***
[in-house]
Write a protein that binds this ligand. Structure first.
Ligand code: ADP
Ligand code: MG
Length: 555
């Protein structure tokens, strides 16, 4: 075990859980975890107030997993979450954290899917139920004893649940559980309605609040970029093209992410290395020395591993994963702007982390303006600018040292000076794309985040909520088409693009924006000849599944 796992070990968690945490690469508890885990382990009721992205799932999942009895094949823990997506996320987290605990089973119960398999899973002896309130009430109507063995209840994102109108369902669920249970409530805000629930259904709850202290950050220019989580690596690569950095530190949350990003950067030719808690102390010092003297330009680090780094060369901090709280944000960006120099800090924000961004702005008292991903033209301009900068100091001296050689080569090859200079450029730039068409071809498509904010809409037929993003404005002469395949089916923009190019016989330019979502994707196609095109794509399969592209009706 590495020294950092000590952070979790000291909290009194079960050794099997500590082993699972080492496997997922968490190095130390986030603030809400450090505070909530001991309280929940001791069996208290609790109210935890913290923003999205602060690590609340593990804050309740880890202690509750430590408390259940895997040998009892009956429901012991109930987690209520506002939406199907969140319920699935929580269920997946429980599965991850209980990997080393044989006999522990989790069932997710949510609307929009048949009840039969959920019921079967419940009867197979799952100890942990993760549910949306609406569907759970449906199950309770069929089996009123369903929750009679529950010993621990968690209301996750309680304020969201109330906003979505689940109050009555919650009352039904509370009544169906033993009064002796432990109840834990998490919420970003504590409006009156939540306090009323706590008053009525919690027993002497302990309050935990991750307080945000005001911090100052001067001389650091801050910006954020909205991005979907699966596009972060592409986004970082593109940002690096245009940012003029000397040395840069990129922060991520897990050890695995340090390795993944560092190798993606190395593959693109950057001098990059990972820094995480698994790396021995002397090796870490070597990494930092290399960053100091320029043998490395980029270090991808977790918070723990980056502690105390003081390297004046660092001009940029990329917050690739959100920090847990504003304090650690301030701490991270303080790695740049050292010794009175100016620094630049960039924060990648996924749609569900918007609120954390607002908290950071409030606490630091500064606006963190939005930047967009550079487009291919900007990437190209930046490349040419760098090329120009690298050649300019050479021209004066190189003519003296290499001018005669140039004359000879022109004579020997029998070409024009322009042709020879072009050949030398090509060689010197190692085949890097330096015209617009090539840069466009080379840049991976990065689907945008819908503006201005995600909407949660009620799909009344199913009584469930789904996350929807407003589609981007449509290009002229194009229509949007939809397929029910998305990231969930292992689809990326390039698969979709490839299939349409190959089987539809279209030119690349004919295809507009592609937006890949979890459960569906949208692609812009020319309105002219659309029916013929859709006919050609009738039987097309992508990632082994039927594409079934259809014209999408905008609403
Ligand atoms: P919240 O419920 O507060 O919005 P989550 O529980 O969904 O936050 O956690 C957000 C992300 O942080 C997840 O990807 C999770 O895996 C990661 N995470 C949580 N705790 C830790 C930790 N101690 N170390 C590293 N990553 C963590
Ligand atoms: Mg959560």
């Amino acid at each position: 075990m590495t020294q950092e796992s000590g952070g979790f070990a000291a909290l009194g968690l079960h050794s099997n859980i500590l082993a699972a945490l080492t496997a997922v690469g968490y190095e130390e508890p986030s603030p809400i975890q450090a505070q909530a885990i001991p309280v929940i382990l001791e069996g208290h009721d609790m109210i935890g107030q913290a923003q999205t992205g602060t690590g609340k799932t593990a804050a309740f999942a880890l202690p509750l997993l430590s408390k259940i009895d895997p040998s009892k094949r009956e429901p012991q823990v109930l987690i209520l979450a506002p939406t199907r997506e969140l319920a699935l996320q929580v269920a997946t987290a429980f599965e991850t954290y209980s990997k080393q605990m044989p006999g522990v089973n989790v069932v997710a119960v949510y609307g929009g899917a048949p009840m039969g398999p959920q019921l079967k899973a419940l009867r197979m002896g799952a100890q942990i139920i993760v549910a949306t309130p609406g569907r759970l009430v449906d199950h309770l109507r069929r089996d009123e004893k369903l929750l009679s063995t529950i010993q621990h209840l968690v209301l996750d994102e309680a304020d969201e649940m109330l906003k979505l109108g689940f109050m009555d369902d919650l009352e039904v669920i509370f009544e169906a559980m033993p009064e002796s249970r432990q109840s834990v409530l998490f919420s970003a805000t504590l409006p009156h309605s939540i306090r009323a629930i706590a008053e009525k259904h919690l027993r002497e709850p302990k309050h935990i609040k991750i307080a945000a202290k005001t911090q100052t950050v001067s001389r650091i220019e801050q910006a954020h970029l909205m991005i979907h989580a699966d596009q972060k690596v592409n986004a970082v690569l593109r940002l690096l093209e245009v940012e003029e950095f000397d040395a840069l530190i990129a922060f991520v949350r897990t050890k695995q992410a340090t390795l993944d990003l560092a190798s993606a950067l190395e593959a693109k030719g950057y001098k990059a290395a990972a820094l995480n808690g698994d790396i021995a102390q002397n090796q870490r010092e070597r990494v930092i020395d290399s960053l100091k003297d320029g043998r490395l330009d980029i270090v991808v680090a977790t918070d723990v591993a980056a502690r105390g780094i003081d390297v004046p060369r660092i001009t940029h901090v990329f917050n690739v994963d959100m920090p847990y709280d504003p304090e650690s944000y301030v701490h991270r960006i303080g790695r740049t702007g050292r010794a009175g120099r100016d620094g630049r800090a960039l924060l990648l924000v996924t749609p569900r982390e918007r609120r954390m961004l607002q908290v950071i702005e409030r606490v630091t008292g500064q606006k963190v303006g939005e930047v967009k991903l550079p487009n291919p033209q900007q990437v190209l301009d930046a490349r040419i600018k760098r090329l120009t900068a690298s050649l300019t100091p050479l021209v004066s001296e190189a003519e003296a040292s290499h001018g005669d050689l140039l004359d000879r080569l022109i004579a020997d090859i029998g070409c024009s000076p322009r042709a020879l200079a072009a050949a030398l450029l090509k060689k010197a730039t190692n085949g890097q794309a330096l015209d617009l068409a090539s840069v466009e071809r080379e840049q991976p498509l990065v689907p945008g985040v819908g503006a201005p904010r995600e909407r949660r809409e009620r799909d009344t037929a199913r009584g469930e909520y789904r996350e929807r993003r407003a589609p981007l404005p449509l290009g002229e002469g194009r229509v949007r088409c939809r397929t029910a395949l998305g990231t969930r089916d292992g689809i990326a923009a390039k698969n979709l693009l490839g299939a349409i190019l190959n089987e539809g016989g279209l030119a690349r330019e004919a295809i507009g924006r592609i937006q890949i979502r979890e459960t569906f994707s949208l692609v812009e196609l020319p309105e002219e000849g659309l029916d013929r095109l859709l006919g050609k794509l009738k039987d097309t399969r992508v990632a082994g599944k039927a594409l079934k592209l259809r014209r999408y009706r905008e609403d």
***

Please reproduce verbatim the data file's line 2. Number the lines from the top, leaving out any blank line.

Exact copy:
Write a protein that binds this ligand. Structure first.